Cayman’s youngsters need to show more loyalty to their sports clubs otherwise in the long-term they will not fulfil their potential.
That’s the view of coach Ernie ‘Gillie’ Seymour, a sports instructor for the Ministry of Sports, specialising in football. He feels that Caymanian youths are just interested in playing for the best teams in whatever sport they pursue with little regard to how much time and effort coaches and administrators have put into their development over the years.
He was talking at the George Hicks playing fields on Monday waiting for Under-20 footballers to turn up for national team practice. Although a few phoned to say they could not make it for valid reasons, absolutely no one showed up. Seymour was hoping for around 17.
‘Loyalty begins at home,’ he said. ‘It has to be taught by the parents to the kids, how to be loyal at school, your club and your country if you get selected for national level. This is a big honour for kids and senior players throughout the world. We want our national teams to do well but are we doing the groundwork?
‘Even kids at school have little discipline. They don’t want to pay attention to their teachers and talk when their teachers are talking. I witness it when I work in schools and it’s very bad. Teachers have to spend more time scolding kids and trying to get their attention than carrying on with their lessons.
‘It makes what I’m doing very difficult because you’re spending half the training session trying to get the person’s attention. In my case, growing up, my grandmother would have rapped me around the back of my head. Then you had to pay attention. Also, when adult people were speaking you had to listen. Now the kids want to talk at the same time as the adults, especially teachers.’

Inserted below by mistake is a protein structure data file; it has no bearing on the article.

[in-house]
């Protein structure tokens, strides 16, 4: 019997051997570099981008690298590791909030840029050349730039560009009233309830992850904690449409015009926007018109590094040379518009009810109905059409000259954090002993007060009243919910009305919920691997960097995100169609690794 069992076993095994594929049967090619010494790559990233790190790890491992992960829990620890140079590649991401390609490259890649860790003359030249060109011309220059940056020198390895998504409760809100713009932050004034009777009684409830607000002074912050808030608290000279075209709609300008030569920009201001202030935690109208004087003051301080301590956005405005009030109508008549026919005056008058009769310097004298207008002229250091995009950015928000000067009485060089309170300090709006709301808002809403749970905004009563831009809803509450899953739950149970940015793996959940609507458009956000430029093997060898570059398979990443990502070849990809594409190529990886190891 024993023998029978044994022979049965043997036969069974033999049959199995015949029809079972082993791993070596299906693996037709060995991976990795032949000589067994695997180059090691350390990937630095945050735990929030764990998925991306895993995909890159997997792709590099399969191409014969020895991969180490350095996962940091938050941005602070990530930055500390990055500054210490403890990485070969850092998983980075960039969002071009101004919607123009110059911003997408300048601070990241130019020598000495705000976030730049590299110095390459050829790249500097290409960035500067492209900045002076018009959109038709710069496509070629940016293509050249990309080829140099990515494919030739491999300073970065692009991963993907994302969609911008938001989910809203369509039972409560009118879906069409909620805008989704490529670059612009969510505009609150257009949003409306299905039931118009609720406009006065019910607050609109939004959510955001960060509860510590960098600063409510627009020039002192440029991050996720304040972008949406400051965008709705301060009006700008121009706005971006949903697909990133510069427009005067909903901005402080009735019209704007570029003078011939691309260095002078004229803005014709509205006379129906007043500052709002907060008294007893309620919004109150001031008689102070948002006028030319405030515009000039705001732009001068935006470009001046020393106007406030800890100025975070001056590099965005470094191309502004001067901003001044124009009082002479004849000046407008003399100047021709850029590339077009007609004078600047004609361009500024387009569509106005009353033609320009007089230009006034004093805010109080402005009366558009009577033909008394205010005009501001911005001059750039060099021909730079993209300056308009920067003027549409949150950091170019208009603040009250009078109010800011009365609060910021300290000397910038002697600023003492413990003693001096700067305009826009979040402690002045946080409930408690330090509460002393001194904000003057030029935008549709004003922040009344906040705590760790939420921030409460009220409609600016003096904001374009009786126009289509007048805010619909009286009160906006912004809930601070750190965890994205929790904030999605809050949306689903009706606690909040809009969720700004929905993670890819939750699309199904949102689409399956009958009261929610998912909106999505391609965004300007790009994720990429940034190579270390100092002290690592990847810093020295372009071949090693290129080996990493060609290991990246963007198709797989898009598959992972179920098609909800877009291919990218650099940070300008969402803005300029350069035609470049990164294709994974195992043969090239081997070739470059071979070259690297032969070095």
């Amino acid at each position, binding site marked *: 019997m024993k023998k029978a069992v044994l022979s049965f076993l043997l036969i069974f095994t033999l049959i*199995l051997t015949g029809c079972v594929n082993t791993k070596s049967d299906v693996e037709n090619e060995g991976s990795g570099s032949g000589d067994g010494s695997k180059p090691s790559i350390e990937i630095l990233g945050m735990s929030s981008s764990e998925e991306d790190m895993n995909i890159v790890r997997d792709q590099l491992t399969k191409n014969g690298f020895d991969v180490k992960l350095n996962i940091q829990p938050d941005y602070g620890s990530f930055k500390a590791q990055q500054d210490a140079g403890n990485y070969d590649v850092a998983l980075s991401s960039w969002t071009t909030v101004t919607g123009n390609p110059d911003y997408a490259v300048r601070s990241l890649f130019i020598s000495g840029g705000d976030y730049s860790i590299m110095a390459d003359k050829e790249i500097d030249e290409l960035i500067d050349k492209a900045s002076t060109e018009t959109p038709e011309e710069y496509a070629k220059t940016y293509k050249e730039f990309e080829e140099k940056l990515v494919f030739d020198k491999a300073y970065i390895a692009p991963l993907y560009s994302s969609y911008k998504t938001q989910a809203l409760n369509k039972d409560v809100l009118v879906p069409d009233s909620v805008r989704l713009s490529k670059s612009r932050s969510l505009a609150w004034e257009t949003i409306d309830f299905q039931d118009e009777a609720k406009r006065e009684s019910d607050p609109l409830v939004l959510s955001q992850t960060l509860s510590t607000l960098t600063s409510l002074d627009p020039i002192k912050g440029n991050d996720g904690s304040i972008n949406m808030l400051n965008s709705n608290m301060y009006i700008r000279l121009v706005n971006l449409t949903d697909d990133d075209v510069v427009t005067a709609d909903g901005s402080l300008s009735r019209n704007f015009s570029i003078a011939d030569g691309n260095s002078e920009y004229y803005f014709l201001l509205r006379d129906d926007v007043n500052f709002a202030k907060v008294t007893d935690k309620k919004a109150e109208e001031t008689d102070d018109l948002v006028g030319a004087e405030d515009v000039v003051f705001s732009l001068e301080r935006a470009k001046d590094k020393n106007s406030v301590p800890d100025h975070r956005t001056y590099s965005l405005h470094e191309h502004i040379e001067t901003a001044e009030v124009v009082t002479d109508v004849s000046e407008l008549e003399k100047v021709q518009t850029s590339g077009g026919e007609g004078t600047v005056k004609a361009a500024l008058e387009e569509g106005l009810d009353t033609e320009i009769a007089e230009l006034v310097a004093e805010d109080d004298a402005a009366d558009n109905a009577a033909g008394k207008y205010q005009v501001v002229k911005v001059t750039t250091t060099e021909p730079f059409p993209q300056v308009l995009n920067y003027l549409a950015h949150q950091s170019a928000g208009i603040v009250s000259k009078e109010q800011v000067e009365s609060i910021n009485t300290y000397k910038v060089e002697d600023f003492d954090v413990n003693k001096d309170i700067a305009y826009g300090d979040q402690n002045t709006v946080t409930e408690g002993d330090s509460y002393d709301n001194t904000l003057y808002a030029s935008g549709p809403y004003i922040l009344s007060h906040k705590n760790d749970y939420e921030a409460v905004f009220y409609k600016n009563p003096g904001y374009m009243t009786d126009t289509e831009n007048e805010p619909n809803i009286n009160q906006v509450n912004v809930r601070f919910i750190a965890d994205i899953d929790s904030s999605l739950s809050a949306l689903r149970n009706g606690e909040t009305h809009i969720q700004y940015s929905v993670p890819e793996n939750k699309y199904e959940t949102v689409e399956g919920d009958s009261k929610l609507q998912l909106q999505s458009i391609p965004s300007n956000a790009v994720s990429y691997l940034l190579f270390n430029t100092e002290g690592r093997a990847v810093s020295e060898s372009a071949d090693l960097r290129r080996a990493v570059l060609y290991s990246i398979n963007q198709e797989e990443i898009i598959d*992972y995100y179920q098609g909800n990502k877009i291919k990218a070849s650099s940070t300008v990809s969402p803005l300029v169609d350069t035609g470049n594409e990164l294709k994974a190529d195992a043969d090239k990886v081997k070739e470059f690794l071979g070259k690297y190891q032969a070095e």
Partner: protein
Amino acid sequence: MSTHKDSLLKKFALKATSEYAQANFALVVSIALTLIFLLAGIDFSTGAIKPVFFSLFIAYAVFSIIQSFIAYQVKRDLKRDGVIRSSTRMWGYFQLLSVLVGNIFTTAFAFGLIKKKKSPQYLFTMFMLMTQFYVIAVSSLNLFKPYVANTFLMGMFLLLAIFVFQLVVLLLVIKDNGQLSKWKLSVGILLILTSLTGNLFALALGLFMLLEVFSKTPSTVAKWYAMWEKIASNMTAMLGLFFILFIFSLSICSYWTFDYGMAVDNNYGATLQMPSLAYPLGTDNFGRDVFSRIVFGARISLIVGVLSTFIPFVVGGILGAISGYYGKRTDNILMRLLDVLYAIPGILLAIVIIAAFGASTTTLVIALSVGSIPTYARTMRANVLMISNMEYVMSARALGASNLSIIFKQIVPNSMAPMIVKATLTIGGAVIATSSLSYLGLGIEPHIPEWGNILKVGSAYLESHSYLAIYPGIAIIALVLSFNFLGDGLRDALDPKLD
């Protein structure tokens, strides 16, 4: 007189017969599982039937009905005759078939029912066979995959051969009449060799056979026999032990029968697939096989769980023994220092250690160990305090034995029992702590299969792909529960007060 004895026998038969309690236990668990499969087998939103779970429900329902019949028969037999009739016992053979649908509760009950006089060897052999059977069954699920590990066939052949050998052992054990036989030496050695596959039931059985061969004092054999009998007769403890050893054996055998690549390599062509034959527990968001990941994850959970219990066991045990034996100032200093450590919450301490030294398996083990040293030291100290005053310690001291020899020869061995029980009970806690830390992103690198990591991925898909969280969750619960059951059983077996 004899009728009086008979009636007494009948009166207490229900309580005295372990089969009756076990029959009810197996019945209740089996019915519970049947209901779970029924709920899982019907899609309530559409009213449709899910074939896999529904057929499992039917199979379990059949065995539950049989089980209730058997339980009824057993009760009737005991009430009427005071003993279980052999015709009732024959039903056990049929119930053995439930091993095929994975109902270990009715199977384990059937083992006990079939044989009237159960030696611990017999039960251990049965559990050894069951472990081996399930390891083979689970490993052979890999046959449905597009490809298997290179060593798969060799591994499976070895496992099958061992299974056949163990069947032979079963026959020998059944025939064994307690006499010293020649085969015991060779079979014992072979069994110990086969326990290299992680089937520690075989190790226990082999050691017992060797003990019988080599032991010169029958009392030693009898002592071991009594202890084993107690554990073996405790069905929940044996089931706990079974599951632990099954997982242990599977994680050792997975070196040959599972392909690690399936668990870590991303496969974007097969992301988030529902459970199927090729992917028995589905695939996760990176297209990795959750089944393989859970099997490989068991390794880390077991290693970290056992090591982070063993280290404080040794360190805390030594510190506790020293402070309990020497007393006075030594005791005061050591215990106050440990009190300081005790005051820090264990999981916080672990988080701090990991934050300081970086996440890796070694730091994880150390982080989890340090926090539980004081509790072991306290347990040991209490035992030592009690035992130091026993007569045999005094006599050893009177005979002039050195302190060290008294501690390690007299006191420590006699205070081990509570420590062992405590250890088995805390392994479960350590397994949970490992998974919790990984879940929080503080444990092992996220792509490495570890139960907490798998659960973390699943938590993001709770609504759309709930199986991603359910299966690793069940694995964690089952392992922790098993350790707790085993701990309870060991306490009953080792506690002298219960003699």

Seymour also feels that pre-teen children do not learn the basics in football enough which makes it difficult for coaches to instruct teenagers. ‘At the youth level you don’t coach, you teach. You’ve got to teach fundamentals. Demonstrate if necessary because a picture means a lot to a kid.’
Seymour wants to see more youth development because many are not able to do the basics. ‘Are you just there to try to win a game or trying to teach a kid how to pass properly, how to dribble, shoot, control and pass the ball? Because if they don’t get those fundamentals at a young age you get a whole load of drop outs later on, at 16 and 17. It’s happening now in Cayman and in England.
‘The positive things I see here are that primary school and Under-13s are really where the future of Cayman football lies. That’s where the football association should put all their emphasis. Right now they’ve got to save the U-13s because when they reach puberty that’s when you start losing kids. One of the reasons for losing kids at that age is because they are not taught the fundamentals at primary school and slightly older which is the golden age of learning.
‘So when they get to young adult stage they’re going to be embarrassed, people are going to laugh at them if they’re not controlling the ball well. Or if somebody’s making them look like a fool on the field because they can’t play well, they’re going to drop out of the game. I’m working with Miss Leslie at George Hicks School with the girls and we’re teaching them the basics and moving from step to step.
‘I can show you the charter programme for England. They’re emphasising that now because they have been losing a lot of players like that too. And England has good, top class football. The Brazilians call coaches of young kids formation coaches. He teaches them how to pass, dribble, control the ball, shoot, head, goalkeep well… ‘When he reaches national level the coach doesn’t have to teach him those things. He just deals with tactics and fitness, free kicks and set plays. His job is easy. But here, at national level, we’re teaching players how to kick a ball. That should not be. It should be happening at the club and school level. That’s why whatever school I go into, I always teach the fundamentals.’